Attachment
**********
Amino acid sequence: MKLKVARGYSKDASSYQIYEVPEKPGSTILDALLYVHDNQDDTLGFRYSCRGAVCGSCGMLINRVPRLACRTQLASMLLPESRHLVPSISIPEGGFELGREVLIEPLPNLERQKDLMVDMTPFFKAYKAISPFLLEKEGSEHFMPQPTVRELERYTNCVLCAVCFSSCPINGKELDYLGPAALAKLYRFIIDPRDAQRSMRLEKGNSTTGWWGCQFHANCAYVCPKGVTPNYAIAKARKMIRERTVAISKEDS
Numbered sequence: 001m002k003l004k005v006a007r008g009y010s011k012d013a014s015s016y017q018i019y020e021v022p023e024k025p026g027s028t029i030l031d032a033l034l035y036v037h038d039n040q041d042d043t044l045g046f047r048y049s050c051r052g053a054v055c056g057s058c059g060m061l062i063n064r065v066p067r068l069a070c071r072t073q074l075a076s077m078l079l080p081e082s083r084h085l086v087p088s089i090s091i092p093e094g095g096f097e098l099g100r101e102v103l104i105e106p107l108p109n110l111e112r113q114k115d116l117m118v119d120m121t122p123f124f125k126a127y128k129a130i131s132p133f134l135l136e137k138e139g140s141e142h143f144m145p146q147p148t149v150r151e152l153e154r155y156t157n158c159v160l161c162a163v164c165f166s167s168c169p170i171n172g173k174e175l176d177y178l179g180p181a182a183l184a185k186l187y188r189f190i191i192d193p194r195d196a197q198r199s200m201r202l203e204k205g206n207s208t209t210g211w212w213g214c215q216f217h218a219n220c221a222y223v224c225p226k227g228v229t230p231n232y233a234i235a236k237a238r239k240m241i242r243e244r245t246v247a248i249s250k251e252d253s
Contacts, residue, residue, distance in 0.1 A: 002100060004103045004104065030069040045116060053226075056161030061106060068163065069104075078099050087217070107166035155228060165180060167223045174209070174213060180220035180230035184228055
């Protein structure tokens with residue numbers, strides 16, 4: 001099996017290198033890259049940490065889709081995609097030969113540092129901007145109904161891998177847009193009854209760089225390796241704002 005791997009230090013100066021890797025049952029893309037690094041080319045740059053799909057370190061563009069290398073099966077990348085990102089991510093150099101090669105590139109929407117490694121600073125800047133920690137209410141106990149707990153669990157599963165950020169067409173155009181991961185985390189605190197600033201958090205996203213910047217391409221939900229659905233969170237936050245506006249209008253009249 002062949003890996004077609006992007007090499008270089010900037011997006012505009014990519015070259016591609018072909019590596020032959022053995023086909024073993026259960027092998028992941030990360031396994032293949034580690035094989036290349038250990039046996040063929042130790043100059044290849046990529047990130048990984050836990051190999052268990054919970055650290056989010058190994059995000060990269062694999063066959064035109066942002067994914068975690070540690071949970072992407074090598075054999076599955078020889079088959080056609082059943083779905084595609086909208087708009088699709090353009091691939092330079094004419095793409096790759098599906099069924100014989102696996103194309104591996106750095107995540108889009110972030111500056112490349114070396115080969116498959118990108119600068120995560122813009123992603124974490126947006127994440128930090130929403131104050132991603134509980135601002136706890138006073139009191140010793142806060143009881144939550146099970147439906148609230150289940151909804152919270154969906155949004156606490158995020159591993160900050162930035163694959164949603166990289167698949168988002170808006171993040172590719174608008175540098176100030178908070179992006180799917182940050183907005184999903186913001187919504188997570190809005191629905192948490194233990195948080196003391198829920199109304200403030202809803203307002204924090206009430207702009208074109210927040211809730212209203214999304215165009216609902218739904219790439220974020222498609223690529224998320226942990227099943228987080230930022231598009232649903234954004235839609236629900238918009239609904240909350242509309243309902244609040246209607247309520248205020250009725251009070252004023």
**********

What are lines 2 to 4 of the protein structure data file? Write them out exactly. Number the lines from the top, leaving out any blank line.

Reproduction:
Numbered sequence: 001m002k003l004k005v006a007r008g009y010s011k012d013a014s015s016y017q018i019y020e021v022p023e024k025p026g027s028t029i030l031d032a033l034l035y036v037h038d039n040q041d042d043t044l045g046f047r048y049s050c051r052g053a054v055c056g057s058c059g060m061l062i063n064r065v066p067r068l069a070c071r072t073q074l075a076s077m078l079l080p081e082s083r084h085l086v087p088s089i090s091i092p093e094g095g096f097e098l099g100r101e102v103l104i105e106p107l108p109n110l111e112r113q114k115d116l117m118v119d120m121t122p123f124f125k126a127y128k129a130i131s132p133f134l135l136e137k138e139g140s141e142h143f144m145p146q147p148t149v150r151e152l153e154r155y156t157n158c159v160l161c162a163v164c165f166s167s168c169p170i171n172g173k174e175l176d177y178l179g180p181a182a183l184a185k186l187y188r189f190i191i192d193p194r195d196a197q198r199s200m201r202l203e204k205g206n207s208t209t210g211w212w213g214c215q216f217h218a219n220c221a222y223v224c225p226k227g228v229t230p231n232y233a234i235a236k237a238r239k240m241i242r243e244r245t246v247a248i249s250k251e252d253s
Contacts, residue, residue, distance in 0.1 A: 002100060004103045004104065030069040045116060053226075056161030061106060068163065069104075078099050087217070107166035155228060165180060167223045174209070174213060180220035180230035184228055
């Protein structure tokens with residue numbers, strides 16, 4: 001099996017290198033890259049940490065889709081995609097030969113540092129901007145109904161891998177847009193009854209760089225390796241704002 005791997009230090013100066021890797025049952029893309037690094041080319045740059053799909057370190061563009069290398073099966077990348085990102089991510093150099101090669105590139109929407117490694121600073125800047133920690137209410141106990149707990153669990157599963165950020169067409173155009181991961185985390189605190197600033201958090205996203213910047217391409221939900229659905233969170237936050245506006249209008253009249 002062949003890996004077609006992007007090499008270089010900037011997006012505009014990519015070259016591609018072909019590596020032959022053995023086909024073993026259960027092998028992941030990360031396994032293949034580690035094989036290349038250990039046996040063929042130790043100059044290849046990529047990130048990984050836990051190999052268990054919970055650290056989010058190994059995000060990269062694999063066959064035109066942002067994914068975690070540690071949970072992407074090598075054999076599955078020889079088959080056609082059943083779905084595609086909208087708009088699709090353009091691939092330079094004419095793409096790759098599906099069924100014989102696996103194309104591996106750095107995540108889009110972030111500056112490349114070396115080969116498959118990108119600068120995560122813009123992603124974490126947006127994440128930090130929403131104050132991603134509980135601002136706890138006073139009191140010793142806060143009881144939550146099970147439906148609230150289940151909804152919270154969906155949004156606490158995020159591993160900050162930035163694959164949603166990289167698949168988002170808006171993040172590719174608008175540098176100030178908070179992006180799917182940050183907005184999903186913001187919504188997570190809005191629905192948490194233990195948080196003391198829920199109304200403030202809803203307002204924090206009430207702009208074109210927040211809730212209203214999304215165009216609902218739904219790439220974020222498609223690529224998320226942990227099943228987080230930022231598009232649903234954004235839609236629900238918009239609904240909350242509309243309902244609040246209607247309520248205020250009725251009070252004023």